We’re not hardwired for sustainability,” says Rob Fleming, director of the Sustainable Design Program and associate professor at Thomas Jefferson University. “We’re hardwired to get food, now!”
Fleming is one of the true pioneers of higher education’s sustainability movement. He began teaching full time in 1996 at Jefferson, where he developed the undergraduate sustainable design studio, one of the first in the U.S., which ran until 2007. Later that year, he co-founded the award-winning Master of Science in Sustainable Design and assumed the position of program director.
On Monday, June 1, Fleming will be conducting a free 15-week online course called Principles and Methods for Sustainable Design, offered by The College of Architecture and the Built Environment (CABE). This course is open to anyone interested in pursuing a graduate degree.
Like any good designer, he’s keenly interested in human behavior and motivations. He relishes posing provocative and challenging questions, and then digging deep with the students to search for the answers. For example, just how do we get beyond our biological impulses to feed ourselves so that we can focus on the future?
Fleming sees the key to our progress—and ultimately our survival as a species—is the cultivation of four specific types of empathy.
The first type of empathy he calls “empathy across time.” He asks, “How do you care about people that haven’t been born yet?”
The second empathy is “empathy across space.” Fleming continues, “How do you care about people that don’t live near you? For example, many villages near the North Pole are sinking.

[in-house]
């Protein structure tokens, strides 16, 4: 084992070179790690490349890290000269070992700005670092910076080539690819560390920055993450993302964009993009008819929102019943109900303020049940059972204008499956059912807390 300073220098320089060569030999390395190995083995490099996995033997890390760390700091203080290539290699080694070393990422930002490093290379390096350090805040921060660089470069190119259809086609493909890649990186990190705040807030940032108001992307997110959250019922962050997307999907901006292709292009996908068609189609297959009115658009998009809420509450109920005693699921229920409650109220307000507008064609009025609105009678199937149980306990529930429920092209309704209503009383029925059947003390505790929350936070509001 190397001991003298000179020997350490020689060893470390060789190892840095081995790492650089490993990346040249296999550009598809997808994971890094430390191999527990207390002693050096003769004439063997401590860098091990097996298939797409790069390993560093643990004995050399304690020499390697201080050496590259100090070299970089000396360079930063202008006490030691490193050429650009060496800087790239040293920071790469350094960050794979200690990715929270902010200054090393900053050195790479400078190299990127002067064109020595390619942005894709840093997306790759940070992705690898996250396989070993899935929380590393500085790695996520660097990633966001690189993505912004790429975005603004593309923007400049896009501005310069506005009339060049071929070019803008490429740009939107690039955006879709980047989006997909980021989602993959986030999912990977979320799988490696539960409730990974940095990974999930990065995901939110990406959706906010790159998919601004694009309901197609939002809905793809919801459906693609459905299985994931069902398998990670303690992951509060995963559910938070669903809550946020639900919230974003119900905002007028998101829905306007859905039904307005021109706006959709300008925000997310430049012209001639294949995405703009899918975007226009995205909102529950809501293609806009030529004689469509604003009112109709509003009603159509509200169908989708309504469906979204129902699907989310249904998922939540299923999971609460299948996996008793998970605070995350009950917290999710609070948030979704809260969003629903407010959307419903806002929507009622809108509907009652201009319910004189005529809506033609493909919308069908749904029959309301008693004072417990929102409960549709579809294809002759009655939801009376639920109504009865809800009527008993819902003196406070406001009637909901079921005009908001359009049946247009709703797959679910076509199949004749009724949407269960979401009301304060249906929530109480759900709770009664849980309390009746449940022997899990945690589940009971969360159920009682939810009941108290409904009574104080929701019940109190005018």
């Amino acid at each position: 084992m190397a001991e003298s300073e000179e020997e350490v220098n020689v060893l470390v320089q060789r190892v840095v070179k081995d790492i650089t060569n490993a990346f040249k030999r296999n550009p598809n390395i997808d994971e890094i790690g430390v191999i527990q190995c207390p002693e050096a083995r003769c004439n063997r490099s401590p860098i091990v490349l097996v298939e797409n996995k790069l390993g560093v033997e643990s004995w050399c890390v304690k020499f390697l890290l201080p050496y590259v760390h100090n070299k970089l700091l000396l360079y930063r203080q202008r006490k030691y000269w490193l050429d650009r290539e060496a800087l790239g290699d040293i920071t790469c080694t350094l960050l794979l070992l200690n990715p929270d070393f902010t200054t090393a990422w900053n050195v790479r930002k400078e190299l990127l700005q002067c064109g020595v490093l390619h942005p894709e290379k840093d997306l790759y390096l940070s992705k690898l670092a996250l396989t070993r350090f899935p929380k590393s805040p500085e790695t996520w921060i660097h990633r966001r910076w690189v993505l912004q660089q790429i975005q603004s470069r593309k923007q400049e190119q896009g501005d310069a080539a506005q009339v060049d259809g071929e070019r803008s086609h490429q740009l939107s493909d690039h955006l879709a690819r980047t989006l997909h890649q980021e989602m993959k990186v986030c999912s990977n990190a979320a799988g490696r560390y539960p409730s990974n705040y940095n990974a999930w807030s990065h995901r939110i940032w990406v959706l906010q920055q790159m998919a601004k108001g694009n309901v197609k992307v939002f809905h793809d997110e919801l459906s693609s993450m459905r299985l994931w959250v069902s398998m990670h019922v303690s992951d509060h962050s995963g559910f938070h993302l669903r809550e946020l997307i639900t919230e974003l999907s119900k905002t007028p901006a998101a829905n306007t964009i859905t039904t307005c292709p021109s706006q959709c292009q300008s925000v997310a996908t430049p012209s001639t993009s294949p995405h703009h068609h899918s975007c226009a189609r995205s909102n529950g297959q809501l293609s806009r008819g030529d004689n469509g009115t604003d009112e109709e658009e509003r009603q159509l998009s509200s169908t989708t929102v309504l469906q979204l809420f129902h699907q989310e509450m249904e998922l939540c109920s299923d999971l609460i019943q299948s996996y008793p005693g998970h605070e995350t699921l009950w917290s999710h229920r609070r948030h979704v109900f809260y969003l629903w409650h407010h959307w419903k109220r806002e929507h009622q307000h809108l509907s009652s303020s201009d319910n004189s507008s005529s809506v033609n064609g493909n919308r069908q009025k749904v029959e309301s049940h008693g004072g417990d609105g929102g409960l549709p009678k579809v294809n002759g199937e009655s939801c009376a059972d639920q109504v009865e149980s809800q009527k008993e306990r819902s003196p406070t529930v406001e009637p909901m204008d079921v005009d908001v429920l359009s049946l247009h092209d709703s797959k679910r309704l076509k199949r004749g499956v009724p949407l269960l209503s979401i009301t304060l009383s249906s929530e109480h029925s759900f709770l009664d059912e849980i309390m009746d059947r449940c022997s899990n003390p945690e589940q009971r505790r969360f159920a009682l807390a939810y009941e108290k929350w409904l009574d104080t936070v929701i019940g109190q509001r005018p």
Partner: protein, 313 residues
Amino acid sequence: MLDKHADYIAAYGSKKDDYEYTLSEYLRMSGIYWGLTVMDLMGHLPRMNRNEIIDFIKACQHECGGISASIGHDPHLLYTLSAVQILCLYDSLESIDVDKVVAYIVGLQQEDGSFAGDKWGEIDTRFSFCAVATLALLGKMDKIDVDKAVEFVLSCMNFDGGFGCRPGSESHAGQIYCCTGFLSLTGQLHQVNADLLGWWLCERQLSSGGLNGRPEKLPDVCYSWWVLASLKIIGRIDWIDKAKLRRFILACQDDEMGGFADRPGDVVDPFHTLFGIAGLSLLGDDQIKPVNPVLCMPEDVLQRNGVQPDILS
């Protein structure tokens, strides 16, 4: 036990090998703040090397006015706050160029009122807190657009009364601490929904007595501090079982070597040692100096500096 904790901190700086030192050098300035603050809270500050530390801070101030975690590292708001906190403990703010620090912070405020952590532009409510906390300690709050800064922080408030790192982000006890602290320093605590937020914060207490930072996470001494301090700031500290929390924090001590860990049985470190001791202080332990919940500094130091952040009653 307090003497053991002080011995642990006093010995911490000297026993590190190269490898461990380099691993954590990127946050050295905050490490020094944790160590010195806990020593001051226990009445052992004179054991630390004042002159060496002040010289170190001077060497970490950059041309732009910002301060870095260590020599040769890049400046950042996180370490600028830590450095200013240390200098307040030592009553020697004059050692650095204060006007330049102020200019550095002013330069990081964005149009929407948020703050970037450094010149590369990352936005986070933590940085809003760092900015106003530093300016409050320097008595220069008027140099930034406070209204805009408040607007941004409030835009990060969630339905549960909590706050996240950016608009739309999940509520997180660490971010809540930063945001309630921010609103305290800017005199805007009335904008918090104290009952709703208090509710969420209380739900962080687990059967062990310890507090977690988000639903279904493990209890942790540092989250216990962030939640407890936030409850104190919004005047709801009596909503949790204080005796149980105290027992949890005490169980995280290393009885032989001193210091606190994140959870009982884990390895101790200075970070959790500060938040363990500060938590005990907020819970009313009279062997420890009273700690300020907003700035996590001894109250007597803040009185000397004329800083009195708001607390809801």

Third is “empathy across difference.” “We are hardwired for bias,” says Fleming. “It’s built into us to fear others that are different from us, even the slightest difference. And we know empirically that if you’re in a discriminatory environment, you can’t perform to your highest level. So we need to learn how to work past those primal impulses.”
Finally, there is “empathy across species.” Fleming says, “We only care about species that are attractive to us. But we kill everything else, right?”
It’s this holistic view of the world and focus on sustainability that caught the eye of Washington state native Keaghan Caldwell.
“It was really difficult finding a program in which sustainability was the focus and architecture was the lens through which it was studied. A lot of the time you find architecture programs that state they are sustainably minded, but after you evaluate their curriculum, [you discover] they only offer a few credits in those topics. Jefferson’s program drew my attention because the curriculum looked like it was different.”
While his curiosity was piqued by what he read, it wasn’t until he took Principles and Methods for Sustainable Design online that he was ready to commit to the program.
“While I felt like the program might have been a good fit, graduate school is expensive and it meant moving my family across the country. The online class allowed me to test the curriculum, interact with Rob and ultimately make the decision to attend school in Philadelphia.”
Caldwell has always been interested in buildings, but as an undergrad he earned a degree in environmental science. Despite the unrelated education, he pursued the building track within Master of Science in Sustainable Design. He graduated in 2019 and is currently working for ArchEcology, a green building design firm in Seattle. He is a LEED Green Associate and is also working on his AP certification.
“I did a little bit of architecture in my undergrad, but I didn’t have the technical background. It just goes to show that you don’t necessarily have to be an architectural student if this is something that you’re interested in.”
He credits Fleming for helping him find the right path.
“He’s really inspirational as far as driving you to take your interests and figure out how they fit into the greater puzzle.”
The mission of Jefferson’s College of Architecture and the Built Environment is to educate the next generation of design and construction professionals to create an equitable and sustainable future. Learn more at Jefferson.edu/Grid.